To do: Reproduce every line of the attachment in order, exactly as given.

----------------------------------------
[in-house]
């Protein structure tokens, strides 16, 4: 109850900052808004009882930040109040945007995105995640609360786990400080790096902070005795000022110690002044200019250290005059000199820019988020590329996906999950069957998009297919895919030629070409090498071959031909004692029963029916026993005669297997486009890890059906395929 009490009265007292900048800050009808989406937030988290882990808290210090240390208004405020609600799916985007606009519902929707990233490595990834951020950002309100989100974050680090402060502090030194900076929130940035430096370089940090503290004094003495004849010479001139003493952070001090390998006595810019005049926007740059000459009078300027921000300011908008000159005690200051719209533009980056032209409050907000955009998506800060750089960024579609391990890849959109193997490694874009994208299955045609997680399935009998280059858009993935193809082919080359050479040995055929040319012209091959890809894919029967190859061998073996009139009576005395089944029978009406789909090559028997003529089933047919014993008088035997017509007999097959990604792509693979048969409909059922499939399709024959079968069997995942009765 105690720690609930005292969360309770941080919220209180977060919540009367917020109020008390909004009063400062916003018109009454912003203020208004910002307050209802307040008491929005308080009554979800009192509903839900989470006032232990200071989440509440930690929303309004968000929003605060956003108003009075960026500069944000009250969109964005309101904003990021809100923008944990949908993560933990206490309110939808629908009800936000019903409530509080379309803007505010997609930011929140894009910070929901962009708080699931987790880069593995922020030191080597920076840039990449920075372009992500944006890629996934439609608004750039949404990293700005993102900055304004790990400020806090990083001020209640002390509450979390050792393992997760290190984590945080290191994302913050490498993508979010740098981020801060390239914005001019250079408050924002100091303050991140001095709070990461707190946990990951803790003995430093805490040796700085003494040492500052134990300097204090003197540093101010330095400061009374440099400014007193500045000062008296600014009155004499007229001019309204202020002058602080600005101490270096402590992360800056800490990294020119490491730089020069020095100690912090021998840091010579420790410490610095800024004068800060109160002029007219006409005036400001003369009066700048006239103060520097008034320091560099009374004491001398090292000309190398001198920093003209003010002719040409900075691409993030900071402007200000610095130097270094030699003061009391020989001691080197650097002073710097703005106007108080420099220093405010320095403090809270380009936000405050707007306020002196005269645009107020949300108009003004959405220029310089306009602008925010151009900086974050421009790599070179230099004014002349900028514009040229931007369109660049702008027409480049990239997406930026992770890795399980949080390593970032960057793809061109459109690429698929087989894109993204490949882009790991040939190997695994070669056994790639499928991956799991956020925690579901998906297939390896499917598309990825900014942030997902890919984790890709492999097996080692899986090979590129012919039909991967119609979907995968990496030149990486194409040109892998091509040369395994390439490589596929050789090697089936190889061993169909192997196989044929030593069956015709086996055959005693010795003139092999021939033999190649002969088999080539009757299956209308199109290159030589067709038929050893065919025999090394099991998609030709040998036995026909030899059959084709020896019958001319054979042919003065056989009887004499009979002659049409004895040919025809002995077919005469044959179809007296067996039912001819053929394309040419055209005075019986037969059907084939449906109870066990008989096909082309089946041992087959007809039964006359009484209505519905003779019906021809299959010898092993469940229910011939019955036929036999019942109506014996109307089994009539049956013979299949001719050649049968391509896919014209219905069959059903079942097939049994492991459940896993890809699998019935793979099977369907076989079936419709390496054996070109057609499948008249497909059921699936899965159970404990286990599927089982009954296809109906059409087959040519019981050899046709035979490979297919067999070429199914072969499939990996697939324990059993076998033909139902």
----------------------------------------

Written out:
[in-house]
């Protein structure tokens, strides 16, 4: 109850900052808004009882930040109040945007995105995640609360786990400080790096902070005795000022110690002044200019250290005059000199820019988020590329996906999950069957998009297919895919030629070409090498071959031909004692029963029916026993005669297997486009890890059906395929 009490009265007292900048800050009808989406937030988290882990808290210090240390208004405020609600799916985007606009519902929707990233490595990834951020950002309100989100974050680090402060502090030194900076929130940035430096370089940090503290004094003495004849010479001139003493952070001090390998006595810019005049926007740059000459009078300027921000300011908008000159005690200051719209533009980056032209409050907000955009998506800060750089960024579609391990890849959109193997490694874009994208299955045609997680399935009998280059858009993935193809082919080359050479040995055929040319012209091959890809894919029967190859061998073996009139009576005395089944029978009406789909090559028997003529089933047919014993008088035997017509007999097959990604792509693979048969409909059922499939399709024959079968069997995942009765 105690720690609930005292969360309770941080919220209180977060919540009367917020109020008390909004009063400062916003018109009454912003203020208004910002307050209802307040008491929005308080009554979800009192509903839900989470006032232990200071989440509440930690929303309004968000929003605060956003108003009075960026500069944000009250969109964005309101904003990021809100923008944990949908993560933990206490309110939808629908009800936000019903409530509080379309803007505010997609930011929140894009910070929901962009708080699931987790880069593995922020030191080597920076840039990449920075372009992500944006890629996934439609608004750039949404990293700005993102900055304004790990400020806090990083001020209640002390509450979390050792393992997760290190984590945080290191994302913050490498993508979010740098981020801060390239914005001019250079408050924002100091303050991140001095709070990461707190946990990951803790003995430093805490040796700085003494040492500052134990300097204090003197540093101010330095400061009374440099400014007193500045000062008296600014009155004499007229001019309204202020002058602080600005101490270096402590992360800056800490990294020119490491730089020069020095100690912090021998840091010579420790410490610095800024004068800060109160002029007219006409005036400001003369009066700048006239103060520097008034320091560099009374004491001398090292000309190398001198920093003209003010002719040409900075691409993030900071402007200000610095130097270094030699003061009391020989001691080197650097002073710097703005106007108080420099220093405010320095403090809270380009936000405050707007306020002196005269645009107020949300108009003004959405220029310089306009602008925010151009900086974050421009790599070179230099004014002349900028514009040229931007369109660049702008027409480049990239997406930026992770890795399980949080390593970032960057793809061109459109690429698929087989894109993204490949882009790991040939190997695994070669056994790639499928991956799991956020925690579901998906297939390896499917598309990825900014942030997902890919984790890709492999097996080692899986090979590129012919039909991967119609979907995968990496030149990486194409040109892998091509040369395994390439490589596929050789090697089936190889061993169909192997196989044929030593069956015709086996055959005693010795003139092999021939033999190649002969088999080539009757299956209308199109290159030589067709038929050893065919025999090394099991998609030709040998036995026909030899059959084709020896019958001319054979042919003065056989009887004499009979002659049409004895040919025809002995077919005469044959179809007296067996039912001819053929394309040419055209005075019986037969059907084939449906109870066990008989096909082309089946041992087959007809039964006359009484209505519905003779019906021809299959010898092993469940229910011939019955036929036999019942109506014996109307089994009539049956013979299949001719050649049968391509896919014209219905069959059903079942097939049994492991459940896993890809699998019935793979099977369907076989079936419709390496054996070109057609499948008249497909059921699936899965159970404990286990599927089982009954296809109906059409087959040519019981050899046709035979490979297919067999070429199914072969499939990996697939324990059993076998033909139902």